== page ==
Although a range of companies are advertising their wares during Super Bowl LVII, a common theme runs through many of the spots: nostalgia.
Many of this year’s crop of Super Bowl ads are playing it safe, tapping cultural references from the 1970s, ’80s and ’90s. For example, tennis champion Serena Williams stars in a Michelob Ultra ad that draws on the classic comedy “Caddyshack,” while John Travolta, who starred in “Grease” more than 40 years ago, croons the musical’s hit “Summer Nights” on behalf of T-Mobile’s 5G home internet service.
“Super Bowl ads are always a reflection of the country, to some degree,” said Tim Calkins, a marketing professor at Northwestern University. “Companies are sticking with lighthearted advertising as a safe approach given all the challenges facing the country.”
That means edgier ads, like Apple’s celebrated 1984 commercial for its MacIntosh computer, are out, and humor is in.
“Consumers are looking for a good laugh and to feel comfortable,” said Rich Weinstein, a professor at VCU Brandcenter. “It’s less about living in the problems the world faces today and more about leaning into nostalgia and having fun.”
Other Super Bowl ads this year that look back fondly on the past: Alicia Silverstone reprising her role from the 1995 film “Clueless” in an ad for Rakuten; Intuit TurboTax using the 1982 song “Safety Dance” from Men Without Hats; and actor Adam Driver starring in a Squarespace commercial that evokes “The Matrix.”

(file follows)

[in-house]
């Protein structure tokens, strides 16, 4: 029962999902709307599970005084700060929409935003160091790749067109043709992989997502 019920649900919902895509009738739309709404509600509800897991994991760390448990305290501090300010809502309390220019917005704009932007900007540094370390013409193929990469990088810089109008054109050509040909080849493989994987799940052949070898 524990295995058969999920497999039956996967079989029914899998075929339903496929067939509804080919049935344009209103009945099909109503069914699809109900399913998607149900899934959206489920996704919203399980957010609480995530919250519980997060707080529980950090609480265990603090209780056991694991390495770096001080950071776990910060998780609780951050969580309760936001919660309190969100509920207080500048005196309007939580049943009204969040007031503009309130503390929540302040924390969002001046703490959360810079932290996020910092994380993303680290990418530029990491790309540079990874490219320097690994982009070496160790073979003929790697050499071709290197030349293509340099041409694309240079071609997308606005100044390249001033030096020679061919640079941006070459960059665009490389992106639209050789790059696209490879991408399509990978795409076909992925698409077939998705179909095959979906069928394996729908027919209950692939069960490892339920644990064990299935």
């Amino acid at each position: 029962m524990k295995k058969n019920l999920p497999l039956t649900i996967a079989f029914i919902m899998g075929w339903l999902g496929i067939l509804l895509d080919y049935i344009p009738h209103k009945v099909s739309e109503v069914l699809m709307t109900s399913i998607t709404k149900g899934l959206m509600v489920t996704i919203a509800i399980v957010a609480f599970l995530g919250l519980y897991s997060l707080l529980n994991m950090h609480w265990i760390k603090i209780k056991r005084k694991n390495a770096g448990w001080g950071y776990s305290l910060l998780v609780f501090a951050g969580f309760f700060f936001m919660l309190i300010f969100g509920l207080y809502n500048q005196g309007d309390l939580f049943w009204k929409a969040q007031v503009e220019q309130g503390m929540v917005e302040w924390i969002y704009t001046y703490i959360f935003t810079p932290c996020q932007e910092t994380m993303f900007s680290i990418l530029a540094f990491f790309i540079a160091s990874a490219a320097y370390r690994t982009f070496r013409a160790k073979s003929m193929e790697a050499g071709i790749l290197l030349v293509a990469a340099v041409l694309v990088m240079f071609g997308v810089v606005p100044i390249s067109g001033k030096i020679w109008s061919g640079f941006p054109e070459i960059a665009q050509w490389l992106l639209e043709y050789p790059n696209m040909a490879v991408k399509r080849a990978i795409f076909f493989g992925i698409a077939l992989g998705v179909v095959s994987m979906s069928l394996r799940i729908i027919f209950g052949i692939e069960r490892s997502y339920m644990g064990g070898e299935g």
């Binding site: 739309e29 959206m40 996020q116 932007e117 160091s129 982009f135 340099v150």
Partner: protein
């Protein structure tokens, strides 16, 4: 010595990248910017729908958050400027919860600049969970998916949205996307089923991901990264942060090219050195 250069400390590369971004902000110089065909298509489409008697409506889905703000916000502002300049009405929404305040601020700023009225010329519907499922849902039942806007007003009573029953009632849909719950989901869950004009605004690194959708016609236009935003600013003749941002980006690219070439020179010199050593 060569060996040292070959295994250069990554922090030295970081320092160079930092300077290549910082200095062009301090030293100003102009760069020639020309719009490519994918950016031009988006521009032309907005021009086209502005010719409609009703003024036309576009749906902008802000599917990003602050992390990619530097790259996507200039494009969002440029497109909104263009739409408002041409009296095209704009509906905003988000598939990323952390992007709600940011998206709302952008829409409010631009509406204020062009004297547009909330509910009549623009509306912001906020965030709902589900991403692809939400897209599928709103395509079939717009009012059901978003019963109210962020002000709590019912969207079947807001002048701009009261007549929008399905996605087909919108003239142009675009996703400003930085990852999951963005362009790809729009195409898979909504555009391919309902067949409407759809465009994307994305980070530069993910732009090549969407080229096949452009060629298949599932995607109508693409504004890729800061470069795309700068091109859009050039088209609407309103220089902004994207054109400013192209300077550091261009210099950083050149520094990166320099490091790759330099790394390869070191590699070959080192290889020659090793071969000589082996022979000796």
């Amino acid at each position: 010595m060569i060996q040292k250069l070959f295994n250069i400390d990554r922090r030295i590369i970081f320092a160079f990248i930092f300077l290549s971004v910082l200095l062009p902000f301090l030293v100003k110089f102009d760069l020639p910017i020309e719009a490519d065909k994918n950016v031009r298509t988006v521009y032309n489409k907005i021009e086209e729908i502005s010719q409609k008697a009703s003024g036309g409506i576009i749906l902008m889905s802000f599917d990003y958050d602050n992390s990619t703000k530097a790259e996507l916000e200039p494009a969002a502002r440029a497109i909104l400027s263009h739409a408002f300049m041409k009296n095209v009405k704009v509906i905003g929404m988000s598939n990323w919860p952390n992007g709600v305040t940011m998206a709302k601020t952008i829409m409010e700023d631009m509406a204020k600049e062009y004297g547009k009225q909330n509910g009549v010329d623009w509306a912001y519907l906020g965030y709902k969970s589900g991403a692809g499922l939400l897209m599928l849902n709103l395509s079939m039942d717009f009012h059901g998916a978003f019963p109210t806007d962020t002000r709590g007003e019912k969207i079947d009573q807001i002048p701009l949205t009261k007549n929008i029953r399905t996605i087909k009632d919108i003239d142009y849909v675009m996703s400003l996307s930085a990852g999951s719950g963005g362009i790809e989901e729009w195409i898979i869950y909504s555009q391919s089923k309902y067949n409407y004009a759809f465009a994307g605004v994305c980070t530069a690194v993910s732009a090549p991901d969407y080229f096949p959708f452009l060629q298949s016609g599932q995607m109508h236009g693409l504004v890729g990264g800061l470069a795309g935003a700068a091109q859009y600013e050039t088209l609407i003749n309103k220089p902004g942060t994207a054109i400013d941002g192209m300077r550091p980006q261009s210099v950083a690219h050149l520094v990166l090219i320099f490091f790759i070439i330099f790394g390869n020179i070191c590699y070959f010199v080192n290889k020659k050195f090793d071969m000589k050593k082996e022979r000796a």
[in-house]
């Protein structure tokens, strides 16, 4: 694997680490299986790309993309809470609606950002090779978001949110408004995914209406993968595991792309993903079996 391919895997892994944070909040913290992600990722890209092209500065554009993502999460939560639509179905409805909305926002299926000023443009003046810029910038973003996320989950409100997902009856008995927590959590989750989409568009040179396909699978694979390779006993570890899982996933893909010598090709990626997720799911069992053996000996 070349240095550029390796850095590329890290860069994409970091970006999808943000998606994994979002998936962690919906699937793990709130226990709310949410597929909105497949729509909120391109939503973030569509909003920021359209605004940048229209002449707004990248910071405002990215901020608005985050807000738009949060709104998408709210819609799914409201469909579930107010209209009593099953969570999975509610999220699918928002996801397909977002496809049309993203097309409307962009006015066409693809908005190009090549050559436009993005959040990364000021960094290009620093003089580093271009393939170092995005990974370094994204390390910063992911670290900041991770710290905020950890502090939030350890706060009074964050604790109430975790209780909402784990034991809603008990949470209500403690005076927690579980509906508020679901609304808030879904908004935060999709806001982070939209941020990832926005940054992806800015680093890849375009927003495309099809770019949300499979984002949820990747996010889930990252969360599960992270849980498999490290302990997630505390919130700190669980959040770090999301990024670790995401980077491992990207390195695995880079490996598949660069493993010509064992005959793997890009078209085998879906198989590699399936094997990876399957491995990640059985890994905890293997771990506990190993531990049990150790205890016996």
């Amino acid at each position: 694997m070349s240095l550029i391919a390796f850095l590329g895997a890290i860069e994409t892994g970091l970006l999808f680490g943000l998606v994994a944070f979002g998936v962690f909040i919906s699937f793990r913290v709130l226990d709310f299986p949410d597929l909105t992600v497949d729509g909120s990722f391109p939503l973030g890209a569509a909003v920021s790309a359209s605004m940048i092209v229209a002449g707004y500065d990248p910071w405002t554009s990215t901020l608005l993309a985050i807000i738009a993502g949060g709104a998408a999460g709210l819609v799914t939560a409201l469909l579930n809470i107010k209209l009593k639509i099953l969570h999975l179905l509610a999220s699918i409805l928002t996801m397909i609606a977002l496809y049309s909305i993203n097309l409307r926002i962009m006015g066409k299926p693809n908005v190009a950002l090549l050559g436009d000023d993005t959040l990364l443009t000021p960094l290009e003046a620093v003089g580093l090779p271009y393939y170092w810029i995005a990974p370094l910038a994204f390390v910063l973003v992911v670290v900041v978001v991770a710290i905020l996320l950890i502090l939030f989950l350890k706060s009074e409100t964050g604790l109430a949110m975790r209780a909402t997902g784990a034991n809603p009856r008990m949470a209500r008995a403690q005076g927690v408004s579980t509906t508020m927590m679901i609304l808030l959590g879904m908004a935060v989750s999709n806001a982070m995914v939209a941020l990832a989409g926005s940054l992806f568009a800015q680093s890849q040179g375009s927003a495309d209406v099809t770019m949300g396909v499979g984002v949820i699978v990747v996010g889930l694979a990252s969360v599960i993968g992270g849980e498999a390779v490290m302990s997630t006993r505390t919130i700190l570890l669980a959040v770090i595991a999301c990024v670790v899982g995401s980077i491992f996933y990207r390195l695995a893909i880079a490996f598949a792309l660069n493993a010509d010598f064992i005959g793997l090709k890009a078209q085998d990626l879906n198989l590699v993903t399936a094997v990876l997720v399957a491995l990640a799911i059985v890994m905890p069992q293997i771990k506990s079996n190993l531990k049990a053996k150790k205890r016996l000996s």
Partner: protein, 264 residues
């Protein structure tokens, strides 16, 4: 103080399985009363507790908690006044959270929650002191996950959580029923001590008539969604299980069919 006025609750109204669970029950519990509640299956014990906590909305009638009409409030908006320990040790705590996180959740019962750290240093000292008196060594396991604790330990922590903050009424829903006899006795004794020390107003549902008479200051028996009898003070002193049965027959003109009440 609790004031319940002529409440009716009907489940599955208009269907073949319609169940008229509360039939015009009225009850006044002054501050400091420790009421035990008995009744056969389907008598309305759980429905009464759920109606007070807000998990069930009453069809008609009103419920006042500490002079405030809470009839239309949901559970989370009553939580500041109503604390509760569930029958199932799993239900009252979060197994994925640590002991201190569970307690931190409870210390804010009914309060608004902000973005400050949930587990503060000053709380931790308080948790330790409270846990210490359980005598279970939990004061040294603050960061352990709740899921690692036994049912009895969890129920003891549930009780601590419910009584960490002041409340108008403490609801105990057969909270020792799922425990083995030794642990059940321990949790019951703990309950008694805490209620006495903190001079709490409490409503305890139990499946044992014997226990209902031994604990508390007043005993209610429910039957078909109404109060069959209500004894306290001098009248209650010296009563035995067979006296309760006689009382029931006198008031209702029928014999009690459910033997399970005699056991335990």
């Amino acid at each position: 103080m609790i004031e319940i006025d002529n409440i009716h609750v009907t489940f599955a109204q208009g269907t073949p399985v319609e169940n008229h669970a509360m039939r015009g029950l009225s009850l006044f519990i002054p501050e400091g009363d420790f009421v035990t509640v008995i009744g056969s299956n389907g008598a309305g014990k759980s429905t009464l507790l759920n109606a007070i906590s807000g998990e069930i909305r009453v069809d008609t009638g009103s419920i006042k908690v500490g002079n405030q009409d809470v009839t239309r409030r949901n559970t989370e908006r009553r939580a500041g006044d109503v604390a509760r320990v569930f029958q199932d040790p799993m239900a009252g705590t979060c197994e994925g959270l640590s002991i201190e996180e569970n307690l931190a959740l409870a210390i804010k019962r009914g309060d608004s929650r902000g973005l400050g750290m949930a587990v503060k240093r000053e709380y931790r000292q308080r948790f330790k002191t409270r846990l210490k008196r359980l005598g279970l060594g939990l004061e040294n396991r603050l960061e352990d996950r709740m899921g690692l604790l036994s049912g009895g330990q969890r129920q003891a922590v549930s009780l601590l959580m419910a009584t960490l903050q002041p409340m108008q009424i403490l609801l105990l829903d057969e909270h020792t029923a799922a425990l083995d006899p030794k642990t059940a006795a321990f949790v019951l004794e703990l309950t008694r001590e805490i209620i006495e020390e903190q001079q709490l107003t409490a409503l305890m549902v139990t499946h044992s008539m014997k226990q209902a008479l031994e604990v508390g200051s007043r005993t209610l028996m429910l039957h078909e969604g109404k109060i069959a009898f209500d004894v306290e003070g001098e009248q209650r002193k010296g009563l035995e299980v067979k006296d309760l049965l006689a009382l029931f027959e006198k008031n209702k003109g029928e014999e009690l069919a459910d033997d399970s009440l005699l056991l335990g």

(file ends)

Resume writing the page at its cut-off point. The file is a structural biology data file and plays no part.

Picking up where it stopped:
Driver told CBS MoneyWatch he has practically no experience creating websites, which is the main service Squarespace provides. Still, the actor said he agreed to do the spot because he has always been a fan of Squarespace’s “odd and funny” commercials.
“I never think of the people in their living rooms watching it until someone reminds me that’s the end game,” he said.
Time for a national “group hug”?
The Super Bowl is advertising’s biggest stage, with companies jockeying to get their products in front of millions of people. Last year, more than 208 million people watched the big game, according to NFL data. This year, a 30-second ad costs about $7 million. But the costs can be more than twice as high once the price of producing the spot and running associated social media campaigns are factored in.
Beyond the sheer numbers of people who are watching, creating a Super Bowl ad is tricky in part because of the audience’s diversity. For example, “You have to come up with a spot that is going to resonate with younger people and also older people,” Calkins said.
And for Super Bowl LVII, advertisers are likely tapping older, well-known celebrities because of their broad appeal. Meanwhile, the U.S. is still emerging from the pandemic, while inflation and the raging war in Ukraine also shade the current cultural moment.
“This year people are over it, and advertisers are responding really well,” said Kelly O’Keefe, CEO of Brand Federation. “There are traditional brands, traditional humor, and it’s going to feel like just a big old group hug.”
Crypto loses value
Crypto.com, Coinbase and FTX Trading debuted some of the most talked-about commercials during last year’s Super Bowl, but none of those companies will air an ad this year. Four crypto companies were gearing up for Super Bowl ads but decided to bow out late last year, a Fox Sports executive vice president said.
The crypto industry is mired in its version of a bear market and still reeling from the sudden bankruptcy collapse of FTX. Some of the biggest names in crypto — including Binance, Coinbase and Kraken — confirmed with CBS MoneyWatch that they’re out.
“A 30-second ad at this point in our industry’s infancy is not a good use of resources at best and at worst risks bringing in new users before they completely understand the opportunities and risks,” Binance Chief Strategy Officer Patrick Hilmann said. “There is a way to advertise crypto responsibly, but the expectations around a Super Bowl ad is not conducive to that type of message.”
The Associated Press contributed to this report.